• These experiences may promote the abbreviation
interpretation
–Rare in 2n + 3 item, but may be more common in items that
involve objects
Cakes cost c dollars each and brownies cost b dollars each.
Suppose I buy 4 cakes and 3 brownies. What does 4c + 3b
stand for? (K&uuml;chemann, 1978)
% Giving Abbrev. Interp'n
Cakes &amp; Brownies:
Abbreviation Interpretation
100
80
60
40
20
0
Sixth
Seventh
Eighth
• Abbreviation interpretation especially prevalent at 7th grade
Does having a multiple-values
interpretation matter?
• Do students who offer a multiple-values
interpretation of letters used as variables perform
better at tasks that involve letters used as variables
than students who do not offer a multiple-values
interpretation?
Using Variables: Which is Larger?
• Can you tell which is larger, 3n or n + 6? Please
Which is Larger?: Judgments
% Judging Correctly
100
80
60
40
20
0
Sixth
Seventh
Not Multiple Values
Eighth
Multiple Values
• More students with multiple-values interpretations judge “can’t
tell”, Wald (1, N = 122) = 4.9, p &lt; .03
Knuth, Alibali, et al., Int’l Reviews in Math. Ed., 2005
Which is Larger?: Justifications
% Justifying Correctly
100
80
60
40
20
0
Sixth
Seventh
Not Multiple Values
Eighth
Multiple Values
• More students with multiple-values interpretations give correct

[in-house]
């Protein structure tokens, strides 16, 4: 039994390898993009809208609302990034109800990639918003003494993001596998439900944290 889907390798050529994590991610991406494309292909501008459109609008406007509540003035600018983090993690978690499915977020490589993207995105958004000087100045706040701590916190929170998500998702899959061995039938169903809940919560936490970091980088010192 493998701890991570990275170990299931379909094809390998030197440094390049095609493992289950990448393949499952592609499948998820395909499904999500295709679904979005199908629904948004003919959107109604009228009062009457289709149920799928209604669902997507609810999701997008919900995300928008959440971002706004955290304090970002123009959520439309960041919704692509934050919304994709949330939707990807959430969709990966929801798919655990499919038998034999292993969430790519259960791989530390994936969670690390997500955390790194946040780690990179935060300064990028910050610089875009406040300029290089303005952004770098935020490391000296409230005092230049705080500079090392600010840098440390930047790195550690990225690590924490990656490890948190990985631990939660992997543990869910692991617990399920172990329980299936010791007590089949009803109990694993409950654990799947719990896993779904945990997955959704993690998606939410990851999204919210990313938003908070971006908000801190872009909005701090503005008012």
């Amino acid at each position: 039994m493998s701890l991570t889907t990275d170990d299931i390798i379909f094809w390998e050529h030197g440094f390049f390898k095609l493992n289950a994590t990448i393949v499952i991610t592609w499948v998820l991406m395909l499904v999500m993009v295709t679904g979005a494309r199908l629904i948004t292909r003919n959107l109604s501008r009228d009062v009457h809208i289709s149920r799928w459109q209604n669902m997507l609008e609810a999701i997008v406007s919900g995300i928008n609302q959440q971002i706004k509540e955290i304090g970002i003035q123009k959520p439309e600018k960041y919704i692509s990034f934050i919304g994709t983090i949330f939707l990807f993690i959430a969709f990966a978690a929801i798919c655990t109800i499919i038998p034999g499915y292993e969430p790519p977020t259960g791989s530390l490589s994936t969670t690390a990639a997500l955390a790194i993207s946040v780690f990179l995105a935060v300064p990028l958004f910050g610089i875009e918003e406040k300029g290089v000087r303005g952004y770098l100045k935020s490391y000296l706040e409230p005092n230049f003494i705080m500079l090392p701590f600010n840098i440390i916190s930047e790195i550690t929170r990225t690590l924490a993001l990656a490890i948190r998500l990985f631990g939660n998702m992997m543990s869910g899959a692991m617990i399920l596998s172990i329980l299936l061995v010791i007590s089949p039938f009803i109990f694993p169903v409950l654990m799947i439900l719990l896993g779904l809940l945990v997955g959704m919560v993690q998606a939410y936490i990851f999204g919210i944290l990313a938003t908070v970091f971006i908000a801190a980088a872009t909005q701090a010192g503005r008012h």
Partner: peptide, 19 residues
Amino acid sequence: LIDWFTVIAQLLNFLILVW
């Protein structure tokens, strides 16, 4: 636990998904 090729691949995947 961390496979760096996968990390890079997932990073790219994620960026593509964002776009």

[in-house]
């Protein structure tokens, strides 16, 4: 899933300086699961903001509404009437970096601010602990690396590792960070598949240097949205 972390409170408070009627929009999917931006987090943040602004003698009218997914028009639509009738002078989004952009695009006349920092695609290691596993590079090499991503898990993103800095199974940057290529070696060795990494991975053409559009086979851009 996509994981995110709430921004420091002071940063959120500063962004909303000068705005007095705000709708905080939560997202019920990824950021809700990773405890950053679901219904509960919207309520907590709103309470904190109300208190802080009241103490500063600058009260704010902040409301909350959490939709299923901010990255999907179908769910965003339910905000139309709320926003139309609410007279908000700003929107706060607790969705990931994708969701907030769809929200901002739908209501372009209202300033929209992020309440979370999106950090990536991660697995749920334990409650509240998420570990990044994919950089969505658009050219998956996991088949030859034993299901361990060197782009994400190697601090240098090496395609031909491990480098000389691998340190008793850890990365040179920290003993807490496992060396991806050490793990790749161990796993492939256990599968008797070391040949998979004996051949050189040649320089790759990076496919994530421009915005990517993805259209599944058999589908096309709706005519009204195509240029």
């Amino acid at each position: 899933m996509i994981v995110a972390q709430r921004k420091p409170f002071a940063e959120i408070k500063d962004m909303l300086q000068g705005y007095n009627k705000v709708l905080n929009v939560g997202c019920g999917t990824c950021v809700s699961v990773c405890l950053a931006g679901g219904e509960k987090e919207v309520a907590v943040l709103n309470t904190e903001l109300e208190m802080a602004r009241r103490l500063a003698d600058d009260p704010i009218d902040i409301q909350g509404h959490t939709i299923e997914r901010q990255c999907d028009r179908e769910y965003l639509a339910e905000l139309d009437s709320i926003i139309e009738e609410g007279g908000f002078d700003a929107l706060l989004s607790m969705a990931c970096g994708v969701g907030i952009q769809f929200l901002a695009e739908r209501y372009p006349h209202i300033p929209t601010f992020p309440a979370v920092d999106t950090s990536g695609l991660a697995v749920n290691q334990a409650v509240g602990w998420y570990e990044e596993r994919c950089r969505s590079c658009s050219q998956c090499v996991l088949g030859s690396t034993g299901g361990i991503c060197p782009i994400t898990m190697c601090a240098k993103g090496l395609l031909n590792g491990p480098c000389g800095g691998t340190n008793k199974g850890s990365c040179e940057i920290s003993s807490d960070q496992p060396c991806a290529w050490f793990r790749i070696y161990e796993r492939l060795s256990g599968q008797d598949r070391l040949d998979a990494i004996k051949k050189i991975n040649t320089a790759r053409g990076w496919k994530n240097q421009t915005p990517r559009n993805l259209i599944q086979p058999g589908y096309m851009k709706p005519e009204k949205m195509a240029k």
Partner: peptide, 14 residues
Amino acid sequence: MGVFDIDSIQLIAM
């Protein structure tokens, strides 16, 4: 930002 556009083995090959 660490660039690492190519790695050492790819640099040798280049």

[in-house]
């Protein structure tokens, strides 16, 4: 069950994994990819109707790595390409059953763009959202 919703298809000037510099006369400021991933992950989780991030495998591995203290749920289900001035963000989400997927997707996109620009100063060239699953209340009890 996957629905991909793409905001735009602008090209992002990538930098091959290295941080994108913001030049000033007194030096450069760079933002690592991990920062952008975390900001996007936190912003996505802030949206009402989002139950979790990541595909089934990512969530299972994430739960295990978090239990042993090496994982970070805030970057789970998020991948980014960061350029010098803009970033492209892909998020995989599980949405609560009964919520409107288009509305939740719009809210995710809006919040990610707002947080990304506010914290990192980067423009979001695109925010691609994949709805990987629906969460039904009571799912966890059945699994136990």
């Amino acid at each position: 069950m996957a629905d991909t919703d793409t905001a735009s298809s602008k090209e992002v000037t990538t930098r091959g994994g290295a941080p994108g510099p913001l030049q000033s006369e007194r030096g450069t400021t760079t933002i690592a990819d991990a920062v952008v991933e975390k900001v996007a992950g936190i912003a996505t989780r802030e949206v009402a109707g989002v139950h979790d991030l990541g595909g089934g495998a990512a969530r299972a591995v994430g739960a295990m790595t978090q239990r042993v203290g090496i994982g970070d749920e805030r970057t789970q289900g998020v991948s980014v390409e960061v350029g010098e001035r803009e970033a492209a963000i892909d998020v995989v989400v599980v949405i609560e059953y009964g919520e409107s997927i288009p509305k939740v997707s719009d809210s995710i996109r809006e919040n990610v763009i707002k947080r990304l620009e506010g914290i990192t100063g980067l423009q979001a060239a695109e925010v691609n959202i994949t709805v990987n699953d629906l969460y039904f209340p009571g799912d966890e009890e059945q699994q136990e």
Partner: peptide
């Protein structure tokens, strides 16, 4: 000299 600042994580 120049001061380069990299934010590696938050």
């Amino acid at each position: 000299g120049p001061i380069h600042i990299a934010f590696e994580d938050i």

justifications, Wald (1, N = 122) = 4.21, p &lt; .05
Knuth, Alibali, et al., Int’l Reviews in Math. Ed., 2005
Interpretation of Letters
Used as Variables
• Cakes cost c dollars each and brownies cost b dollars
each. Suppose I buy 4 cakes and 3 brownies. What
does 4c + 3b stand for?
• Do interpretations vary as a function of the specific
symbols used?
– b and c
– x and y
– Ψ and Φ
Correct Performance
% Interpreting Correctly
100
80
60
c and b
x and y
Greek letters
40
20
0
Sixth
Seventh
Eighth
• Students in c and b condition have weakest performance, Wald
(1) = 9.34, p &lt; .01
McNeil, Weinberg, Alibali &amp; Knuth, Soc. Res. Ch. Dev., 2005
Abbreviation Interpretation
% Giving Abbrev Interpret'n
1
0.8
0.6
c and b
x and y
Greek letters
0.4
0.2
0
Sixth
Seventh
Eighth
• Students in c and b condition most likely to make abbreviation
errors, Wald (1) = 19.34, p &lt; .01
McNeil, Weinberg, Alibali &amp; Knuth, Soc. Res. Ch. Dev., 2005
Empirical Summary - Equal sign
• Many middle school students interpret the equal sign
operationally rather than relationally